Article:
There seems to be a small (but vocal, oh God how they are vocal) minority of the personal finance blog-o-net that somehow thinks taking cold showers is a worthwhile thing you should be doing. And not just after a failed sexual escapade, either.
As far as I can tell (to be frank, the logic of doing such a thing eludes me), the thinking goes something like this. Cold showers are uncomfortable. If you put yourself in one uncomfortable situation and realize it isn’t so bad then you’re likely to do so with other similar situations. Suddenly you go from a warm shower havin’ FAT CAT to a frugal warrior who’s saving 50% of their income, working a 30-hour per week side hustle, and riding your bike around town like a BAWSE.
And all it takes is one cold shower. You’ll be hooked, guaranteed.
Cold shower naysayers see things a little differently. These RAT BASTARDS think the cost savings are negligible and the practice’s fringe benefits are exaggerated. Most folks who are dedicated enough to save a large portion of their income already don’t really need the help. They think people should focus on eliminating large expenses and not really sweat the small stuff. It just doesn’t make that big of a difference.
Related: why the latte factor is stupid.
Us here at Financial Uproar (me and six dust bunnies the Roomba missed) think the little things only matter if they become big things. Most people would be far better off making one or two big changes — like selling a spare car and taking public transit or downgrading from a too-big home — rather than focusing on little things that bring us pleasure.
Eliminating warm showers is extra dumb because it costs almost nothing. Let’s investigate just low little it costs.
Cold shower savings
The fine folks at ATCO Energy were nice enough to give an estimate of how much it costs to operate a gas-powered hot water tank annually.
Many people around here lust for having an on-demand hot water system, but as you can see they’re much more expensive over the life of a typical machine.
For the sake of this blog post we’re only concerned with the amount of energy it takes to heat your water, since you’re going to need a hot water tank for other purposes besides cleansing yourself. We’re looking at $150/year assuming $6/GJ in natural gas prices.
But wait. Natural gas prices in Alberta haven’t hit $6/GJ for years now, thanks to low commodity prices. We’re paying closer to $1.25/GJ today, plus charges to get the gas to our house. So that $150/year price tag is already down to $31.25. Let’s estimate $50/year in costs to heat our water, which implements a little wiggle room.
Next we have to figure out what percentage of hot water tank usage ends up going towards showers. Here’s a small list of what I use hot water for:
- washing dishes
- washing hands
Note that laundry isn’t in that list. We use cheap cold water, baby.
i’m going to estimate that approximately 75% of our hot water use is from showering. Doing dishes is the only other thing that could affect this in a big way, and we don’t really have that many dishes. So 75% of $50 is a mere $37.50 spent annually on taking hot showers versus cold ones. That’s $3.13 per month.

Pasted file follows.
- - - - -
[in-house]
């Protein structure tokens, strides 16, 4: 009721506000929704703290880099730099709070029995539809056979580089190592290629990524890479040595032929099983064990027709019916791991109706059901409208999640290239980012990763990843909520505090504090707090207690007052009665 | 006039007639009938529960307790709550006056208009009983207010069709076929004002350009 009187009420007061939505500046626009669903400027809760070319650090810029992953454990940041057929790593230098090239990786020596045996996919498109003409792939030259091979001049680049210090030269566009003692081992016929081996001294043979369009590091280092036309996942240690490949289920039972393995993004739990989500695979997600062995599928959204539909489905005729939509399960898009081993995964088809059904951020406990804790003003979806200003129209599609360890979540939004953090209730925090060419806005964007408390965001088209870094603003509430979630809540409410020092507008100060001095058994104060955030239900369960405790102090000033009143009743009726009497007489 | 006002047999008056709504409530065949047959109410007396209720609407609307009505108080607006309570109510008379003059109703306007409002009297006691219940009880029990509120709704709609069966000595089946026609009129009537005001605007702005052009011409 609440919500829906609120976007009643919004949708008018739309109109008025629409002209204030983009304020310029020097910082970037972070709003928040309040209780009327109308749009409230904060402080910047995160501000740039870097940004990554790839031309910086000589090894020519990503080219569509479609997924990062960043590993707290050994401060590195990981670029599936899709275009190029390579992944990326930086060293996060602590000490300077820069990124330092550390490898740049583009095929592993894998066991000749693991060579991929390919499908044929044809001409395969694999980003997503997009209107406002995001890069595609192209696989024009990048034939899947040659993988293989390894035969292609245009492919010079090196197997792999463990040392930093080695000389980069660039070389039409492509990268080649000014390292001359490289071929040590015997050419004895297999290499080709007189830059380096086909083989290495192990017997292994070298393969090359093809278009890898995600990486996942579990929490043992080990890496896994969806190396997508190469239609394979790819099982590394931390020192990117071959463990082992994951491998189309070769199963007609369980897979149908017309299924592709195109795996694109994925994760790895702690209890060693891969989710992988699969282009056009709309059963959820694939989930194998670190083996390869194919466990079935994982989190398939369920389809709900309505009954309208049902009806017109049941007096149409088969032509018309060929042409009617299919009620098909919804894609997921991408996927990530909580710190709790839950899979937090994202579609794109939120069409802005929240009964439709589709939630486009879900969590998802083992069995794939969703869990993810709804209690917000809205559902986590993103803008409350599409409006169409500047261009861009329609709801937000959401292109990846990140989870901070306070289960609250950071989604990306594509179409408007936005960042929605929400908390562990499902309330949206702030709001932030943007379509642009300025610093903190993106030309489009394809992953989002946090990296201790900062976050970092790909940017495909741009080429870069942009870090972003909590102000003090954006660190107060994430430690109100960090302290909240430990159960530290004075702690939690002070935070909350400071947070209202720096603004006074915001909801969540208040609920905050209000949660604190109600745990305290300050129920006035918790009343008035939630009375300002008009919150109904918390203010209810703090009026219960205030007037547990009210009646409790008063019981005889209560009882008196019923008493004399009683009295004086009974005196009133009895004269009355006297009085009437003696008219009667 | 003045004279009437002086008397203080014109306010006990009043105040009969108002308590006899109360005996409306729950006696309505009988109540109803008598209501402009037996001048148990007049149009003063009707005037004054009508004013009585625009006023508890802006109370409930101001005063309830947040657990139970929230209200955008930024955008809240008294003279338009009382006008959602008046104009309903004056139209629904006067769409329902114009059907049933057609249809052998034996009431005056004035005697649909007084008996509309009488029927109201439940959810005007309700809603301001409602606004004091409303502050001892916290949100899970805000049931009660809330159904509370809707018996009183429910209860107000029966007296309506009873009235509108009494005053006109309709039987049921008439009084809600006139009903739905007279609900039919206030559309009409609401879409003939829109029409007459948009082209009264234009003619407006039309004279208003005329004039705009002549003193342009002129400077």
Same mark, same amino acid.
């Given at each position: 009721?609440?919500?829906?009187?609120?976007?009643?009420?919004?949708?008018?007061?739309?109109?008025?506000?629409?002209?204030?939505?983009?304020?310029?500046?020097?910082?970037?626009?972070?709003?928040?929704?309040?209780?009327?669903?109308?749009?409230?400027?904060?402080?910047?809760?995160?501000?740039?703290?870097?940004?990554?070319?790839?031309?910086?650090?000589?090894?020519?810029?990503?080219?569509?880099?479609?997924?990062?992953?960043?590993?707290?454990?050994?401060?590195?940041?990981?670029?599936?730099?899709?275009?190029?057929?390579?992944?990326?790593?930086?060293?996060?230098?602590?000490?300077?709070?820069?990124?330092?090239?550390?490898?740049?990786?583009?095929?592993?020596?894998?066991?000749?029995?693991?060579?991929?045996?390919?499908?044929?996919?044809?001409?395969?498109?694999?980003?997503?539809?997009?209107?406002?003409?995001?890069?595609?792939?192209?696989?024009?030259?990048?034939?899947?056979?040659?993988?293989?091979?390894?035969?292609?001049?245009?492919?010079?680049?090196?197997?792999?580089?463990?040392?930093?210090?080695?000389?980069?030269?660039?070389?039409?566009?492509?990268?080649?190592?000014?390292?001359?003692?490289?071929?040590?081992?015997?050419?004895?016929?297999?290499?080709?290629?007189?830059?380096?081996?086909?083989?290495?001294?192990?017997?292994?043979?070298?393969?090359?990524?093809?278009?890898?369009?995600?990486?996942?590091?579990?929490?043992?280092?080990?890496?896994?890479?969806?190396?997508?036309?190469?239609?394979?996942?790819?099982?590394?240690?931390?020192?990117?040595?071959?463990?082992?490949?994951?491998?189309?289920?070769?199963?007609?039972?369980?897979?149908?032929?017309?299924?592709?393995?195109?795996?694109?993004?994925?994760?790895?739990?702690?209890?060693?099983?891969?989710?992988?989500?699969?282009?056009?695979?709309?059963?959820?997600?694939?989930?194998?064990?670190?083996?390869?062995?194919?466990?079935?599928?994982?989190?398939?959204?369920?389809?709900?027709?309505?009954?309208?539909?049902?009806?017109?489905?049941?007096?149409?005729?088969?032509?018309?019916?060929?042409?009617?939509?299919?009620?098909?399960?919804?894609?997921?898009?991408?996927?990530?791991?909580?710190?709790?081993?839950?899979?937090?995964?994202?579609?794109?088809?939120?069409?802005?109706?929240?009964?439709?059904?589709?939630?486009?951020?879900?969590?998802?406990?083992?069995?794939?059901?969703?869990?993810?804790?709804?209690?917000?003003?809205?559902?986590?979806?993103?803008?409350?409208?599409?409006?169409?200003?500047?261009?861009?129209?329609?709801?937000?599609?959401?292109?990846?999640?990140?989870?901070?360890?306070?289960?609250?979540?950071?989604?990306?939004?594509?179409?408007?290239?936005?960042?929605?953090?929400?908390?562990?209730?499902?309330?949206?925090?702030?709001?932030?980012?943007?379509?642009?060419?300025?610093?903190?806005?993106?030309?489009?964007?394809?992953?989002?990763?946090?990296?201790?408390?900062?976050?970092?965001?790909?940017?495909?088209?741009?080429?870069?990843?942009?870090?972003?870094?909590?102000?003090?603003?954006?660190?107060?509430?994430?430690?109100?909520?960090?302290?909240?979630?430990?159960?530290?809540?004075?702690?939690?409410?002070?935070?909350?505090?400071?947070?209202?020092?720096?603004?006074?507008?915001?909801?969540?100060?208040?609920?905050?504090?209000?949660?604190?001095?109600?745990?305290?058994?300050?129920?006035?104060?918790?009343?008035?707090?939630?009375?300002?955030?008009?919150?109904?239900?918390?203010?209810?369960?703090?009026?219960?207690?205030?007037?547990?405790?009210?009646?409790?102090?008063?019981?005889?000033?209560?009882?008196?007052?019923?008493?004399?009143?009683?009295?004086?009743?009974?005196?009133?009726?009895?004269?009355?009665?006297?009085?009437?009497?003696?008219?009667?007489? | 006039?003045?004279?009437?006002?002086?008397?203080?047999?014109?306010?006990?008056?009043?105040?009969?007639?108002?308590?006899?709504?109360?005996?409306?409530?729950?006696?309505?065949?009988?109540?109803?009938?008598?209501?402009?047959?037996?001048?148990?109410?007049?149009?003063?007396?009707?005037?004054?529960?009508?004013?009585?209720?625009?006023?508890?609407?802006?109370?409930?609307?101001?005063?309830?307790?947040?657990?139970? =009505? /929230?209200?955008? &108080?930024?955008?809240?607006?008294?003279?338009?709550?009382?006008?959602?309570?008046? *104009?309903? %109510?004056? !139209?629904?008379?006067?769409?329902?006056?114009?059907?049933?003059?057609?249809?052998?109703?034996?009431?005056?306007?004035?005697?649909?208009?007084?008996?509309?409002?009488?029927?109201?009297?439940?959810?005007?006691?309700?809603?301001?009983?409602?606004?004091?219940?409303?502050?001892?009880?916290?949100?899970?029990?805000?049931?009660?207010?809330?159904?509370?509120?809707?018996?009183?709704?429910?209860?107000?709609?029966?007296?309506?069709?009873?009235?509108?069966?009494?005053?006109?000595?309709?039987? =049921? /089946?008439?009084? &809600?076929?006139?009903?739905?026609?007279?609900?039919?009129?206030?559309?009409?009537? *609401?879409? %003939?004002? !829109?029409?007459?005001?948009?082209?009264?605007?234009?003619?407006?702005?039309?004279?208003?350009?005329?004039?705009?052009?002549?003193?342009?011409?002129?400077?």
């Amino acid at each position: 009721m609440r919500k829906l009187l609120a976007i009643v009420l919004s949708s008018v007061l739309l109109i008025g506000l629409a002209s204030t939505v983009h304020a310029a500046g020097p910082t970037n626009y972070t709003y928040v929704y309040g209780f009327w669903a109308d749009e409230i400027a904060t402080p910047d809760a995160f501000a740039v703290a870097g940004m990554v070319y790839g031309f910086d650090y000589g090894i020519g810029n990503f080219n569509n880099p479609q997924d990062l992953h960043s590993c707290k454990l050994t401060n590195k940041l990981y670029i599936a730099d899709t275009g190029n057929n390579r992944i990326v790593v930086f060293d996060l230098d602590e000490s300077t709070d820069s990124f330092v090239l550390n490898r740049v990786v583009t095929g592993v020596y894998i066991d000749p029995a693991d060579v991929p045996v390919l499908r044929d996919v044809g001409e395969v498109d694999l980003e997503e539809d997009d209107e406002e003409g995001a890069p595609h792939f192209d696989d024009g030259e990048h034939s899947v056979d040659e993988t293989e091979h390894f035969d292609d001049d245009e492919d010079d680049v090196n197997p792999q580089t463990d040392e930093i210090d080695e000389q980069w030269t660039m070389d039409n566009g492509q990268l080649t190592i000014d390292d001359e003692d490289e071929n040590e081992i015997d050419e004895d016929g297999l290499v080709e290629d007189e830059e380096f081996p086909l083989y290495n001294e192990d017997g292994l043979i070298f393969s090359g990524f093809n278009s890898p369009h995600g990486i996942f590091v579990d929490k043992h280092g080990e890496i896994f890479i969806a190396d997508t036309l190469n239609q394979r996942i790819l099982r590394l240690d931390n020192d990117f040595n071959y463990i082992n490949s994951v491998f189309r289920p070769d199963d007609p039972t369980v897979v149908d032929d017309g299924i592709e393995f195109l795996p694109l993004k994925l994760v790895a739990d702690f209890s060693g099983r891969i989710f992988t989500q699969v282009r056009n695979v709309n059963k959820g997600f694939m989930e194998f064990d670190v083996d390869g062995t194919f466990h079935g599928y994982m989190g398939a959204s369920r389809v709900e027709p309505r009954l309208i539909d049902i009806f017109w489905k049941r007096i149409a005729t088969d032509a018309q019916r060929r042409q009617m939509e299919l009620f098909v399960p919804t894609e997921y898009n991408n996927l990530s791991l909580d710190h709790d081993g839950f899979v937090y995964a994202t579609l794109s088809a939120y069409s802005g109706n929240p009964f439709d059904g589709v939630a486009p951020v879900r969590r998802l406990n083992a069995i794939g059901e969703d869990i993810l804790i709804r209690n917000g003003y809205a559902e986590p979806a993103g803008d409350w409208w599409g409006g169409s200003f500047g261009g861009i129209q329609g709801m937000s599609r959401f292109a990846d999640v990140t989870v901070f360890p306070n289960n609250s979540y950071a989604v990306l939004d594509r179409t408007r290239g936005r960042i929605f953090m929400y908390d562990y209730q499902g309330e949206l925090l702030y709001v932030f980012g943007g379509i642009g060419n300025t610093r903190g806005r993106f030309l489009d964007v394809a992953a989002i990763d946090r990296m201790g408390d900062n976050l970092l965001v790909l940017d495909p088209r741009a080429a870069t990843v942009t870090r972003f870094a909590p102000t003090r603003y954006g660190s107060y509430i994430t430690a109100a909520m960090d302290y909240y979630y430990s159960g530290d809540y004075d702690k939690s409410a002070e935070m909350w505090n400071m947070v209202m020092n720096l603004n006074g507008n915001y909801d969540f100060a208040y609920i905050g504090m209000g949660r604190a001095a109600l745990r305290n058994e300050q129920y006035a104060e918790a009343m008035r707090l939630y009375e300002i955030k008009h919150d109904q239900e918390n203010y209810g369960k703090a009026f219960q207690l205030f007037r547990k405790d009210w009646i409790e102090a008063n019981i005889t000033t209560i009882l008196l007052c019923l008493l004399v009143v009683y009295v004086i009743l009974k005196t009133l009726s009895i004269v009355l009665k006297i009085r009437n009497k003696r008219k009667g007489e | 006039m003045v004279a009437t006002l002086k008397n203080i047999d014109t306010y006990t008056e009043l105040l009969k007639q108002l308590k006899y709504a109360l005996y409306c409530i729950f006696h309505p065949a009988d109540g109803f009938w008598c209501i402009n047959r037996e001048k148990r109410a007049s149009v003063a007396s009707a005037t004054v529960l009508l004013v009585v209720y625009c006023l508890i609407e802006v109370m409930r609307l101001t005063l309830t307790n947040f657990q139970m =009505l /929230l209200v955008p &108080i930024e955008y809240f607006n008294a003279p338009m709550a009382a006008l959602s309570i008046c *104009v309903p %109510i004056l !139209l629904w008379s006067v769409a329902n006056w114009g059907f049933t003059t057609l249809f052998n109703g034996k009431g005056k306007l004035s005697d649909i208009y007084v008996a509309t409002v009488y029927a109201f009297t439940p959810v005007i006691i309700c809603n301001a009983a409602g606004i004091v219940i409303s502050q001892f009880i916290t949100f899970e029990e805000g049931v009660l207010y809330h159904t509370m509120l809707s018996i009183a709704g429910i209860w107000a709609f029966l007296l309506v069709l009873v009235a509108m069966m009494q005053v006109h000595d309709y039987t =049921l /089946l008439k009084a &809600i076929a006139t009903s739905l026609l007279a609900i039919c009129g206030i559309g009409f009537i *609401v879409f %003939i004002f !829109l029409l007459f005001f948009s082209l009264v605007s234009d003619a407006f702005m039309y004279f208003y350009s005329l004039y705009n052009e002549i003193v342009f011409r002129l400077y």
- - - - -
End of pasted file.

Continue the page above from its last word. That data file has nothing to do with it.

Hopefully that squashes this debate. Taking cold showers is, quite literally, the least you could do to save money. Feel free to let the warmth embrace you, sparky.
Easier ways to save money showering
If you are interested in saving money while showering for some reason, here are a couple of ways you can still have hot showers and save money.
The first is installing a low-flow showerhead. Note that you should only do this when it’s time to replace your showerhead anyway, since such an activity will cost you at least $100, and that’s if you install it yourself. You’re looking at a $250 bill to get a professional to do it. The ROI on that is, to use a technical term, the absolute shits.
The other solution is something you can implement today. It’s easy, no fuss, and will have other benefits too.
You can cut down your shower time.
I started taking 2-3 minute showers back when I was a chip guy. I’d rather sleep in an extra five minutes than spend them in the shower. You just have to be efficient when you’re in there. Trust me, it’s not hard. Hell, I take 60 second showers when pressed for time today.
It’s all about results
If you’re looking to save money showering, we have two options. We can either take cold showers or reduced hot showers.
Taking cold showers will save approximately $37 per year, or a little over $3 per month.
Taking 50% shorter hot showers will save approximately $25 per year, or a little over $2 per month.
Frankly, you can make the case that even switching to abbreviated warm showers is a dumb way to save money. It’s $2 per month. Who cares? I would not argue with this conclusion.
So it comes down to this: is taking a long-as-you-want warm shower worth a mere $1 per month to you? If the answer is yes, then feel free to shower in warmth without guilt. Taking cold showers is truly a dumb way to save a tiny bit of money.